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Anne Hutchinson
by [?]

During the Civil War it was assumed by a large contingent that if you believed in equal rights for the colored man you were desirous of having your daughter marry a “nigger.”

Many good men assume that if you believe in giving the right of suffrage to women, you want your wife to run for the office of constable. There are those who assume that men who do not go to church play cards; those who play cards chew tobacco; those who chew tobacco drink whisky; those who drink whisky beat their wives; therefore all men should go to church.

All of Anne Hutchinson’s troubles came from inferences; these inferences were the work of the clergy.

* * * * *

Those first Colonists lived practically communal lives, as pioneers usually do. In their labors they worked together and for one another. If a house was to be built, there was a “bee” and everybody got busy. When a shipload of emigrants arrived, the entire town welcomed them at the waterside. The Hutchinsons were especially welcome, coming as the near and dear personal friends of John Cotton. Mrs. Hutchinson and several of her children were housed with the Cotton family, until they could build a home of their own.

Mrs. Hutchinson was regarded as an especially valuable arrival, for she had rare skill in medicine and a devotion in nursing the sick that caused her to be looked upon with awe. With children she was especially fortunate. Hers was the healing touch, for she had the welling mother-heart, the heart of infinite love; and the cures she worked by simply holding the stricken child in her arms and breathing upon it were thought to be miraculous.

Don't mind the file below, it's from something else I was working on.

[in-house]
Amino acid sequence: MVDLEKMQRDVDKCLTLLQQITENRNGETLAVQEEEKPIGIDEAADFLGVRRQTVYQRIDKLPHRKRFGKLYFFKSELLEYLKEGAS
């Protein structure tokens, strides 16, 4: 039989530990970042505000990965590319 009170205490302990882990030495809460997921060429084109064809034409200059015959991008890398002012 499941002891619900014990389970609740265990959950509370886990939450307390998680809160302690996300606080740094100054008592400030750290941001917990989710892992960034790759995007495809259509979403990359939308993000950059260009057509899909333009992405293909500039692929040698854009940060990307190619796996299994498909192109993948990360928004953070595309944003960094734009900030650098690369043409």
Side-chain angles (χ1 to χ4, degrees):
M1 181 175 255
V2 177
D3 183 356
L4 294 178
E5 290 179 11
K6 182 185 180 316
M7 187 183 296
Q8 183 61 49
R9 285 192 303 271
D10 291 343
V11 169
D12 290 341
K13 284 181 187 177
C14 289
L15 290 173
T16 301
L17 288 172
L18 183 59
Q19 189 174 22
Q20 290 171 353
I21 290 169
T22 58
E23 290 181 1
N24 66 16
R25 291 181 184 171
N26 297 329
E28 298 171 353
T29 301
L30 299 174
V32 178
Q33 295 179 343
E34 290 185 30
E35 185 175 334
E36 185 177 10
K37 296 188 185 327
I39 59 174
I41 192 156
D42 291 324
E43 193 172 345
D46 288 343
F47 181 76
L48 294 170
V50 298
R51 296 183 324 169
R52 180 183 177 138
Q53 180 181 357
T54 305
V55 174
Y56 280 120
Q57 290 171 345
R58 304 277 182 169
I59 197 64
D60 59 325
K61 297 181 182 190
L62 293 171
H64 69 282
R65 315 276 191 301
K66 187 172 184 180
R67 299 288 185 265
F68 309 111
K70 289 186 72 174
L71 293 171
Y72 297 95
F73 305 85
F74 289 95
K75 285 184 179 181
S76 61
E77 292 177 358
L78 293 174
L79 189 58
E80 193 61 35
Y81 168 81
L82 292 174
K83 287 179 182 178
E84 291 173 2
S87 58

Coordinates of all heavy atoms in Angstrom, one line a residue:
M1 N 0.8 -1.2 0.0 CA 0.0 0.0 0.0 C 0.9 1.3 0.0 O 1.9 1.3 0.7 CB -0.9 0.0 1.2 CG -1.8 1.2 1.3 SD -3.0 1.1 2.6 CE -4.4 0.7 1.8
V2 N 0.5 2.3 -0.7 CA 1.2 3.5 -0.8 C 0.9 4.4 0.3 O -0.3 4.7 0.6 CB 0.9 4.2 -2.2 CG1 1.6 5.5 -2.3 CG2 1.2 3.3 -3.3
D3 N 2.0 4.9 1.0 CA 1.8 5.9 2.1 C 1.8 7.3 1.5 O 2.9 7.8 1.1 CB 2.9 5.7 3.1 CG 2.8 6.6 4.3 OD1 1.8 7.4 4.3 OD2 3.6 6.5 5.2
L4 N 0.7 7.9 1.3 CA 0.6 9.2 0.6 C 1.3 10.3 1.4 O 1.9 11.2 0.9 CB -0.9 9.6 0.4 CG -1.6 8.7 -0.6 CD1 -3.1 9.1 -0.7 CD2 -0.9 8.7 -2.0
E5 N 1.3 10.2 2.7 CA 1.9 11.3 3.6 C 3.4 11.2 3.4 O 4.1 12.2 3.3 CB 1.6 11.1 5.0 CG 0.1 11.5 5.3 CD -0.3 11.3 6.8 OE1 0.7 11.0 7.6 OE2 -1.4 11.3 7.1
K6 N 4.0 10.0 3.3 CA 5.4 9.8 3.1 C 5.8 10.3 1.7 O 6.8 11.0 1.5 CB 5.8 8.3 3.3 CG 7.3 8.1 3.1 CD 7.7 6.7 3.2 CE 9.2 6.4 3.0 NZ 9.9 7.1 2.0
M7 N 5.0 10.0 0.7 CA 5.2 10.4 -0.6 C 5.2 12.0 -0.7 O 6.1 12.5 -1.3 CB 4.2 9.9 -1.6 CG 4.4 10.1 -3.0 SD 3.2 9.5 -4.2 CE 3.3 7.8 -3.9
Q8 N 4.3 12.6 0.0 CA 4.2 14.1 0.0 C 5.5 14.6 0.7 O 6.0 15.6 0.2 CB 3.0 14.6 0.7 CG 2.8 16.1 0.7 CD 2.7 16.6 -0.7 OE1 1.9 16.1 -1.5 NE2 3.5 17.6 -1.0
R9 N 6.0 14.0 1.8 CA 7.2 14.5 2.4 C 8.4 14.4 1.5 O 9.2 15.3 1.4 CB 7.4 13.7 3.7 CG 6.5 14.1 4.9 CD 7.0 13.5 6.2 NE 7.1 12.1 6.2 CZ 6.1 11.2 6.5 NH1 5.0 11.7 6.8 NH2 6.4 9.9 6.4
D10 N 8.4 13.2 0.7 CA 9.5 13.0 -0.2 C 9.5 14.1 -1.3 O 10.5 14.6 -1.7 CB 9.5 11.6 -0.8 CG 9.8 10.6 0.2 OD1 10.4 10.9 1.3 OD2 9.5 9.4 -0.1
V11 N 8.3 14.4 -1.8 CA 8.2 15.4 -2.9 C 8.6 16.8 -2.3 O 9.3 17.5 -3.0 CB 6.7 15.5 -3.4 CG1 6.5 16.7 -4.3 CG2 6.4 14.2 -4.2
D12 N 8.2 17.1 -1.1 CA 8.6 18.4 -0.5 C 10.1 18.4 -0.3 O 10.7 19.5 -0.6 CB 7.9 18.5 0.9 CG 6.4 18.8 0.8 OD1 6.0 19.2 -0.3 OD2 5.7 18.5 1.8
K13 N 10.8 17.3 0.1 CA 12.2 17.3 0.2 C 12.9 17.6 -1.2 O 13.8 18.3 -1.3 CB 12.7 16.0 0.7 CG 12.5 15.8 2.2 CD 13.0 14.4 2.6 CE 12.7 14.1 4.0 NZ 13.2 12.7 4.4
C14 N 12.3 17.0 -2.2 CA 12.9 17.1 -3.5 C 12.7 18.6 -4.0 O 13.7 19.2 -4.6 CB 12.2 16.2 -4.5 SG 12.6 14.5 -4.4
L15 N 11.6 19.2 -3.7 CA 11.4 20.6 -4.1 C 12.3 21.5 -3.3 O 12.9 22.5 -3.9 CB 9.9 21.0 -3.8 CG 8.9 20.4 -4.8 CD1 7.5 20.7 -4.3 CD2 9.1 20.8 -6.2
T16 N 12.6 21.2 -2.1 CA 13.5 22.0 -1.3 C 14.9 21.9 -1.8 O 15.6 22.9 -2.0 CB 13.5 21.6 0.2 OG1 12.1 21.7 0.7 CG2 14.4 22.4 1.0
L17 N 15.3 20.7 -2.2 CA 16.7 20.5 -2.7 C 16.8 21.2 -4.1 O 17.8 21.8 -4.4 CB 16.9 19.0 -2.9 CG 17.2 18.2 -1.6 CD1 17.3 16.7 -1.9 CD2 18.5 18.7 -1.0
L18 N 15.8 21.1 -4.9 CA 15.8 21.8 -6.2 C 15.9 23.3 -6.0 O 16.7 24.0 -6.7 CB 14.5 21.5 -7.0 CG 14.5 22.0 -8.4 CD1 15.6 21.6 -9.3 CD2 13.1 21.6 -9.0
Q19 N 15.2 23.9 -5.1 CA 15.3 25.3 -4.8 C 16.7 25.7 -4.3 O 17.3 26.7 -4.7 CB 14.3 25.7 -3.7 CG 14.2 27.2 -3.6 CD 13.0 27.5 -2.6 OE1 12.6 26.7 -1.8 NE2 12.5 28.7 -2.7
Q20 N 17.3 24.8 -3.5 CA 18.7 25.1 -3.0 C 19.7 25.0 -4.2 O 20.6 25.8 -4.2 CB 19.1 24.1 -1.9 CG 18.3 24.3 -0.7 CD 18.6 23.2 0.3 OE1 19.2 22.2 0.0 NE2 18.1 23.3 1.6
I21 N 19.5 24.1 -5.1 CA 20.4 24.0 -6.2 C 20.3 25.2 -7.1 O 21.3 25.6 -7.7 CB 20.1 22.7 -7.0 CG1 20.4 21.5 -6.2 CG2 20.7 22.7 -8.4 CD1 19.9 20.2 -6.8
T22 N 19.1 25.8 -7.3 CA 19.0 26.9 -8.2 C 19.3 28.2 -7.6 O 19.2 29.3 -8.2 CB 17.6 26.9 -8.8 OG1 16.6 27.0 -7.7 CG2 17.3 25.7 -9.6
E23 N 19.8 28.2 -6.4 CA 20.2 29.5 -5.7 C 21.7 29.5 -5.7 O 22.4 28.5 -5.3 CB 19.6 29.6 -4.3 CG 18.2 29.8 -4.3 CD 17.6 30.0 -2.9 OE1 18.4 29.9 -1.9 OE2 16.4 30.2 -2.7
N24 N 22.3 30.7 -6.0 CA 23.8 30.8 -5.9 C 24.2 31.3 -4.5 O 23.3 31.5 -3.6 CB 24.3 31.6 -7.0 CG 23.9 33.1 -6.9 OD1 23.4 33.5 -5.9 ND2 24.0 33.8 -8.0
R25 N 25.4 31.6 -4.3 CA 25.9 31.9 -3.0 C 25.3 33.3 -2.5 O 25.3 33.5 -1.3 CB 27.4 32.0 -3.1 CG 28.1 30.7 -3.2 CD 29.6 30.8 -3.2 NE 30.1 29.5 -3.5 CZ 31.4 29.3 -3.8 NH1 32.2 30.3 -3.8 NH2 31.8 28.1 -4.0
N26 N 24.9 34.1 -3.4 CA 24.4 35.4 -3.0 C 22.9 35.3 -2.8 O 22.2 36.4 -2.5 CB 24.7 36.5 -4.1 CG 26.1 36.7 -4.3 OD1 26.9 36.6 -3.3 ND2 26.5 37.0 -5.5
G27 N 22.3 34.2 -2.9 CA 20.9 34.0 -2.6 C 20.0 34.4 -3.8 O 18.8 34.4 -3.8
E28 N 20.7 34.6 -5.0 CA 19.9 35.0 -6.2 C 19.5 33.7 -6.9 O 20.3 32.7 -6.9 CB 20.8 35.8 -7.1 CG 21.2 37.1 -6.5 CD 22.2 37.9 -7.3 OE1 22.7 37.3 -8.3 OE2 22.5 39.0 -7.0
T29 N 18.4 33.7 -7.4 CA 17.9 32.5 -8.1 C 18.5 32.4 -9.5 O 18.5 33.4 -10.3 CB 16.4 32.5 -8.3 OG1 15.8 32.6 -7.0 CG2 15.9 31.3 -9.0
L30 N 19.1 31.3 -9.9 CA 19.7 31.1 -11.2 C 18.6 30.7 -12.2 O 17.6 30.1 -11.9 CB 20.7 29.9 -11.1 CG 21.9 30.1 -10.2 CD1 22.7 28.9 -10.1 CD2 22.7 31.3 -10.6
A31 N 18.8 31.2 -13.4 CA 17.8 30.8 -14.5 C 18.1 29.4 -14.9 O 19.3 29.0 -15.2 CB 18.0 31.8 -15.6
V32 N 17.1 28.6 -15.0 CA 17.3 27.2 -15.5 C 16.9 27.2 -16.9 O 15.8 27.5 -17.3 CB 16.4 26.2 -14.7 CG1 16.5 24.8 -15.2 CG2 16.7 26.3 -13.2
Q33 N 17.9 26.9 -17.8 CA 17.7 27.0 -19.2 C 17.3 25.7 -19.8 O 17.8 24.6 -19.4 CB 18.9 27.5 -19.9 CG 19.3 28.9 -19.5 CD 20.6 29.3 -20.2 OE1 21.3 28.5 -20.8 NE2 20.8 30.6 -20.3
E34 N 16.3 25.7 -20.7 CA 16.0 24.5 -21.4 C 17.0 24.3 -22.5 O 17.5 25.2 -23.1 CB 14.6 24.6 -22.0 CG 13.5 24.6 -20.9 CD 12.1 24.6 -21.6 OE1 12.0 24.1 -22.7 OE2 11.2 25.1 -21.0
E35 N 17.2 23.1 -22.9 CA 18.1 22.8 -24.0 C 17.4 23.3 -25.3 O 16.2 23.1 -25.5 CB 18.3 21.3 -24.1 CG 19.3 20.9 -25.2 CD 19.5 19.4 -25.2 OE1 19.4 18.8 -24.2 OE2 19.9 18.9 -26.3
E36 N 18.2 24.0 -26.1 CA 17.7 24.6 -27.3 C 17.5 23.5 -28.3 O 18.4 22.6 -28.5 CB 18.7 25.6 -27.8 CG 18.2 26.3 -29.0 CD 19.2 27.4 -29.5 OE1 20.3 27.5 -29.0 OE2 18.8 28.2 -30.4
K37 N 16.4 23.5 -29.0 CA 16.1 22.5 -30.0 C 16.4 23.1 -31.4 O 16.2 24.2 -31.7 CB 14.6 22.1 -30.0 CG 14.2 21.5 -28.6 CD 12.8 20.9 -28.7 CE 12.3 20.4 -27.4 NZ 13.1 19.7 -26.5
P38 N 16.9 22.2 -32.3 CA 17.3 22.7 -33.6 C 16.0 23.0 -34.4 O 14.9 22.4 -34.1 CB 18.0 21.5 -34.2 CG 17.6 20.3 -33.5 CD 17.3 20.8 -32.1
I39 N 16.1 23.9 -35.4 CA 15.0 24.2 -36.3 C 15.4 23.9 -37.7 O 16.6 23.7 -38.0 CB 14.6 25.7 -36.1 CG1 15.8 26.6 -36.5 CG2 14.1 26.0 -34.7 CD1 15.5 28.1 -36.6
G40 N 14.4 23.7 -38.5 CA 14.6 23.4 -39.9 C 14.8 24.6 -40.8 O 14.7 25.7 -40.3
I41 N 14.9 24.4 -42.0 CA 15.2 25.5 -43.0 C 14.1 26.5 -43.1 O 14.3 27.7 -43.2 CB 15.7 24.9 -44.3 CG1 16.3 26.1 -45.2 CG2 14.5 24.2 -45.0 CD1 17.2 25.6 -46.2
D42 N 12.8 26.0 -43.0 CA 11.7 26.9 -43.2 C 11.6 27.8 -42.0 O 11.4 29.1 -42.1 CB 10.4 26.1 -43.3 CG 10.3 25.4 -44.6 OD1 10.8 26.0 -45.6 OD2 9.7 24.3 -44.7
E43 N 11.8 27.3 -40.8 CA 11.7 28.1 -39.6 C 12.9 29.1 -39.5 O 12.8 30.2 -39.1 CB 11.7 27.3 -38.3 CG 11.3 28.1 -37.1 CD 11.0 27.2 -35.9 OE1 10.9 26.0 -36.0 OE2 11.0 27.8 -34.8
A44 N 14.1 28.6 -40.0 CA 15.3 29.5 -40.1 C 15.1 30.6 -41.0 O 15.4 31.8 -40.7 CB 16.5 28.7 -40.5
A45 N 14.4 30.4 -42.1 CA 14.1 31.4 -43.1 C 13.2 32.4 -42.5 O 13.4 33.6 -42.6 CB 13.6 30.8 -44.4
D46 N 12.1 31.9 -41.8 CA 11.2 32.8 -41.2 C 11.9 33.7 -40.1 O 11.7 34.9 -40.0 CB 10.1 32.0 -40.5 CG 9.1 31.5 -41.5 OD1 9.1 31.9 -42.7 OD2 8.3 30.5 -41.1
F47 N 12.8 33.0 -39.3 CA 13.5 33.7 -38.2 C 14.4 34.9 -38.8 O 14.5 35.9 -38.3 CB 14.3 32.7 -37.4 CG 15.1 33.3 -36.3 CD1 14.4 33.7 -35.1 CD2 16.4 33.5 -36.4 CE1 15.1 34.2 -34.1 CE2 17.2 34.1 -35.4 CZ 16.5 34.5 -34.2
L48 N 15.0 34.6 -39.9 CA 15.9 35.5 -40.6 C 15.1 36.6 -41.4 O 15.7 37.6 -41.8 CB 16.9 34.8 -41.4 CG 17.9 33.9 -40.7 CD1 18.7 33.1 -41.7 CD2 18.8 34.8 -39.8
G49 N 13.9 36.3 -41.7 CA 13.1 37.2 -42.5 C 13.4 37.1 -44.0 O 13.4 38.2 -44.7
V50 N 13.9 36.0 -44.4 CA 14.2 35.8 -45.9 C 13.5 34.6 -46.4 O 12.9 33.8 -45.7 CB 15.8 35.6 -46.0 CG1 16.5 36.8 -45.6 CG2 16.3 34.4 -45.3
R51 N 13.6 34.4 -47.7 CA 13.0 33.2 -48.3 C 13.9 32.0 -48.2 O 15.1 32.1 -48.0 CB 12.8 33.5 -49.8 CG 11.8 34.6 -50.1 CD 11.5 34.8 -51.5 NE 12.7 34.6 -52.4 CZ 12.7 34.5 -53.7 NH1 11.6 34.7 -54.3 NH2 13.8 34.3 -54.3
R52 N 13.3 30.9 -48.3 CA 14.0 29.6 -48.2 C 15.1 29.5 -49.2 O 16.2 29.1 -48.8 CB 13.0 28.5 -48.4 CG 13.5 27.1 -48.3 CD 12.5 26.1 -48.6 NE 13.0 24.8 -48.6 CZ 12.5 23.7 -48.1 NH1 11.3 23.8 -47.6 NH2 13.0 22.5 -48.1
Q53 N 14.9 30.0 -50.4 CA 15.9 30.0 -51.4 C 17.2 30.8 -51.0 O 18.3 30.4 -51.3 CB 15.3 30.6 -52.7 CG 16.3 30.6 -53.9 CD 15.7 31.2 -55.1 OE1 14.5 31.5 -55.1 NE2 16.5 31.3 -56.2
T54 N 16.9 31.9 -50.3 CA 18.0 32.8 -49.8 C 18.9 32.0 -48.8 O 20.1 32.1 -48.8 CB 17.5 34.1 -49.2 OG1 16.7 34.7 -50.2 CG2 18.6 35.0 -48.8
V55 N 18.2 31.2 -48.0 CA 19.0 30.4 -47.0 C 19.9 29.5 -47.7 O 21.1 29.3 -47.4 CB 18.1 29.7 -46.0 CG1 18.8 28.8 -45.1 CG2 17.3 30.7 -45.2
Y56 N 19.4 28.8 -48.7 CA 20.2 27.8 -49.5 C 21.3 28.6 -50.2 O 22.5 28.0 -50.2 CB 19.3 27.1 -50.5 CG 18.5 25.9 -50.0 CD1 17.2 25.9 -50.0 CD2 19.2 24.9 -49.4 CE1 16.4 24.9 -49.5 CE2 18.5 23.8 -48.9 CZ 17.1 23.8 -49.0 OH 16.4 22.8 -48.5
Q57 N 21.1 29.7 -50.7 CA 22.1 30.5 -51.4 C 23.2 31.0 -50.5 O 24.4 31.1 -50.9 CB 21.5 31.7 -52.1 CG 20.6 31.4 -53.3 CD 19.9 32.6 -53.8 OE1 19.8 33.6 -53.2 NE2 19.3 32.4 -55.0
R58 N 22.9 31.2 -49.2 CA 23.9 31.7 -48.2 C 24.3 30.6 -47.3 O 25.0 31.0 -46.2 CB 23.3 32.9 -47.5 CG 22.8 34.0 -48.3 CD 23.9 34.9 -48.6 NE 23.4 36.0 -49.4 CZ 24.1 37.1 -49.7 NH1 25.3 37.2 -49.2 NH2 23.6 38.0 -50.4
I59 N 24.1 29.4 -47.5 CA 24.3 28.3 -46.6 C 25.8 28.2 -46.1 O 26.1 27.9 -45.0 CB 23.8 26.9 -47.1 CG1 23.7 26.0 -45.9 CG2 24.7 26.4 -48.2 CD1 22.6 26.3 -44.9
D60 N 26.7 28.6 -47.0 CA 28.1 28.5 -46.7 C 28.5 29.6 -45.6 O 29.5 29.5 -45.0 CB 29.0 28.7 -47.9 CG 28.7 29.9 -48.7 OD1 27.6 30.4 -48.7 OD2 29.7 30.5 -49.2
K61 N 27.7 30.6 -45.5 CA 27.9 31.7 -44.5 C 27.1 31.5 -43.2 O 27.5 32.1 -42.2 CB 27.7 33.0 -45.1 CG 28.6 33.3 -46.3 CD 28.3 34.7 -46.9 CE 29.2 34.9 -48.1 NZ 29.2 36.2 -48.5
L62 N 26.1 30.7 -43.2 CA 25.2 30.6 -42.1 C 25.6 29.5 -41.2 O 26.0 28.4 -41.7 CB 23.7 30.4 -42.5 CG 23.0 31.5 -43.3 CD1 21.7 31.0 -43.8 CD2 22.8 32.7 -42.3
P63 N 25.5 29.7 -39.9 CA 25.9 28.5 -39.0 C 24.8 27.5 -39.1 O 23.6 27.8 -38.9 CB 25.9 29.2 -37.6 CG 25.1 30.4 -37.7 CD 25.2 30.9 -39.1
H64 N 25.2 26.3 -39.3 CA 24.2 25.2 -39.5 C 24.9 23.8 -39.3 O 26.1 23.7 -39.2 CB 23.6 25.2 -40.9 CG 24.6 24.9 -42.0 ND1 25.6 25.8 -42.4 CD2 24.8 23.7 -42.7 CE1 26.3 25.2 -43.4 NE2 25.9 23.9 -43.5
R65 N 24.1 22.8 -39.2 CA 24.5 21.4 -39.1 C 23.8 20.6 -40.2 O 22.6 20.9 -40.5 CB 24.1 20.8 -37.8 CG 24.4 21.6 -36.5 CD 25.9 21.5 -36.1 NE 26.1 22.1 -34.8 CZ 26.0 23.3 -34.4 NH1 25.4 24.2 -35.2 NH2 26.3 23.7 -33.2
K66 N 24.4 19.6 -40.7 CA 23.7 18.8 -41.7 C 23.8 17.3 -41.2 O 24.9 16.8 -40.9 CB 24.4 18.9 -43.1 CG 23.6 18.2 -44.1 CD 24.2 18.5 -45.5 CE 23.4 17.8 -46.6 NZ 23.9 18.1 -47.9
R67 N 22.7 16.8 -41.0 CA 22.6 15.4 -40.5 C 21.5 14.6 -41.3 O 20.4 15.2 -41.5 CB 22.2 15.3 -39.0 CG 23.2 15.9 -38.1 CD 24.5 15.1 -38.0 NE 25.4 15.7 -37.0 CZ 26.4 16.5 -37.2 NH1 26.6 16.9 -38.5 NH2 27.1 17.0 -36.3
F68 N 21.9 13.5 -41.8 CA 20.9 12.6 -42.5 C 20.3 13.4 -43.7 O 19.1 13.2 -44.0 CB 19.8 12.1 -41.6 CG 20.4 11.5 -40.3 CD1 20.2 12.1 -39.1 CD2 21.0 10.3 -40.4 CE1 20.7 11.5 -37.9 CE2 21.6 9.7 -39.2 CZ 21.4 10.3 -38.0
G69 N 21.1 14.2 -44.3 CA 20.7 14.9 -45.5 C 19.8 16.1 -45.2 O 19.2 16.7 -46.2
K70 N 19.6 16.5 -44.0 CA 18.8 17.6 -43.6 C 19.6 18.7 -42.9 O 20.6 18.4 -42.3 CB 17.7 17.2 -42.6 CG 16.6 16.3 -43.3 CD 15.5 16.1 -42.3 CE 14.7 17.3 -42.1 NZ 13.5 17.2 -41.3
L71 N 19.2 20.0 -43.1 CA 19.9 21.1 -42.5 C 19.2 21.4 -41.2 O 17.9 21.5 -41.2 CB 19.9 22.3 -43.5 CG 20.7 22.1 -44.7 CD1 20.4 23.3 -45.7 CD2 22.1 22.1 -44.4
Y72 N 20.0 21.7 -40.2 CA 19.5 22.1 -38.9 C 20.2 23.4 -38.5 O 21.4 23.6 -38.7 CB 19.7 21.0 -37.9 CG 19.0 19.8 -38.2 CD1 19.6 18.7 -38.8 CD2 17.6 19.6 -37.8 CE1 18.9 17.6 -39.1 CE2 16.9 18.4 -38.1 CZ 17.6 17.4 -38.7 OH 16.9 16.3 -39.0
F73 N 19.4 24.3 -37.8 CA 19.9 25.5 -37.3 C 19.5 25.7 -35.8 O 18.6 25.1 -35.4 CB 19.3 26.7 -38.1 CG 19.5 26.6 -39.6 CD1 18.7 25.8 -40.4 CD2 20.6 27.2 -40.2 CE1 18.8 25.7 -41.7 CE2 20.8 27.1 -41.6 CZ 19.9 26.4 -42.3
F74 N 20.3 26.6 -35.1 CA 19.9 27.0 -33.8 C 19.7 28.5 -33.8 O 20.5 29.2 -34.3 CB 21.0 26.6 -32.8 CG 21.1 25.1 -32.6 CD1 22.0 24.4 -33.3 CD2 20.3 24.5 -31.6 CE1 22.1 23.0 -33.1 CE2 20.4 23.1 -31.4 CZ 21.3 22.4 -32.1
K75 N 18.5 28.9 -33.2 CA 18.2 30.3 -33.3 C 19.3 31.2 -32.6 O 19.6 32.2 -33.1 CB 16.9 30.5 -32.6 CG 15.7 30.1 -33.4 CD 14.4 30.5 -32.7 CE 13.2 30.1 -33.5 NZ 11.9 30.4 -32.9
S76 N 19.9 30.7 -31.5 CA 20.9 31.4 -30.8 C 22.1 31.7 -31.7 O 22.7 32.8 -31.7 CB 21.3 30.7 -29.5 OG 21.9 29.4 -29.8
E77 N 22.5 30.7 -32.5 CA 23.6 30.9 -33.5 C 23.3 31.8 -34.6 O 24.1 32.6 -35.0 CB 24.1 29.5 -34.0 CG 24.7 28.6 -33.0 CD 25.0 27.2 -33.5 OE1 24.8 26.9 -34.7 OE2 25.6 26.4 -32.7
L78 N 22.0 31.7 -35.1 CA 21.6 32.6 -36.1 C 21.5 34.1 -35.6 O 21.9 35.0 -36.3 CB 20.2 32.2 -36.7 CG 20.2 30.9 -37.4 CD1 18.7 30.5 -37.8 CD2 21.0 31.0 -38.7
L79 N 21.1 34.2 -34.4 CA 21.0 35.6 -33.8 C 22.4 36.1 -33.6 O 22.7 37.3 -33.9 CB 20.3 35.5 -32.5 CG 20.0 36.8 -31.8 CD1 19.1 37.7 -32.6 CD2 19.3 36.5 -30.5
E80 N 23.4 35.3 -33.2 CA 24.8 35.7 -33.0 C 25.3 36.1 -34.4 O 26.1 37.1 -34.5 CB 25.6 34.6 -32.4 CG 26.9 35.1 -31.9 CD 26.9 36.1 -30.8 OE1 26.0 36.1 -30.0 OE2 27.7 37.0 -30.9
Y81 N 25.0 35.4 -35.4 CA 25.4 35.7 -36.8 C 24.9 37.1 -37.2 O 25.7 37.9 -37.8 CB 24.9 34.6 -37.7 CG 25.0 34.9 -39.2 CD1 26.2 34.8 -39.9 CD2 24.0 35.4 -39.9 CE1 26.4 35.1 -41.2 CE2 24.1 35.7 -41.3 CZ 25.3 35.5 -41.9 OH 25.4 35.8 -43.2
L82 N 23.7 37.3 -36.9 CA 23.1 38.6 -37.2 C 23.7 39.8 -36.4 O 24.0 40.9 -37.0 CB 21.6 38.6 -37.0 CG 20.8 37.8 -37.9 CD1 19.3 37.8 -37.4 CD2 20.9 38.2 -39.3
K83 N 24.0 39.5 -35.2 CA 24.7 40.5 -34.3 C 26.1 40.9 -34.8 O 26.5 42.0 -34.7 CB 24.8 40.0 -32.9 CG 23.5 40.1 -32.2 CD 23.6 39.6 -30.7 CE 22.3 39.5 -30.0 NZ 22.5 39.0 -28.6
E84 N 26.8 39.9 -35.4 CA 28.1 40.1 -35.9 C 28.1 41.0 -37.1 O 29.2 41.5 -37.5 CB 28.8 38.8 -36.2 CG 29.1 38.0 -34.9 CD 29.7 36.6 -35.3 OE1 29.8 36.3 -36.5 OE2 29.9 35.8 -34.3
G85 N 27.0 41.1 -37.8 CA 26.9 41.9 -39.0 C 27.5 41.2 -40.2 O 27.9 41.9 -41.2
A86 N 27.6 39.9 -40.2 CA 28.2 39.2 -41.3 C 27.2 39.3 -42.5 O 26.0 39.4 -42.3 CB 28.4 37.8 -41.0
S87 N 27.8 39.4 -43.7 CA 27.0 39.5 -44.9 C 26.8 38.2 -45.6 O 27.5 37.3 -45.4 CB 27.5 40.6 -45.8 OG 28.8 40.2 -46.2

With pioneers, children are at a premium. Puritans regarded the death of a child as a visitation of the wrath of God; it filled the whole settlement with terror. So naturally, any one who could stay the hand of death was regarded as divinely endowed. Also, they were regarded by some with suspicion, for these people believed there were two sources of power, God and Satan.

Anne Hutchinson smiled at this, and told the people that sickness was a result of wrong living or accident, and was not a manifestation of the wrath of God at all, and the cure was simply worked by getting in harmony with the laws of Nature.

Here, unwittingly, Mrs. Hutchinson was treading on very thin theological ice. She was contradicting the clergy. She thought Nature and God were one–they knew otherwise. But her days were so filled with the care of the sick who besieged her house, that she was forced in self-protection to give the people strong meat.

There were times when the weather was bad, and the whole settlement would sink into melancholia. These people were on the bleak hillside, facing the sea. Back of them, hedging them close, was the forest, dim, dark and mysterious. In this wood were bears, wolves, panthers, which in Winter, lured by the smell of food, would occasionally enter the village to the great danger of life. At nightfall the settlers would go inside, bar the windows and doors, and look to their matchlocks, which in emergency might be needed.

Now and again came Indians, proud and painted, and paraded through the village threateningly, and innocently helped themselves to whatsoever they saw which they needed. Mrs. Hutchinson’s power of healing had gone abroad among these red men, and now and again an Indian mother would stop at her door with a stricken papoose, and such were never turned away.

The houses were small, ill-ventilated, overcrowded, and the singing, praying and exhortation were not favorable to the welfare of the sick, nervous or tired. The long severe Winter was a cause of dread and apprehension. This was weather to which English people were not used, and they had not grown accustomed to battle with the snow and ice. Instead of facing it, they went into their houses to protect themselves against it. So there was much idle time, when only prayer and praise for a God of wrath filled the hours. Not a family was free from disease, not a house but that upon the doorposts were marks of blood.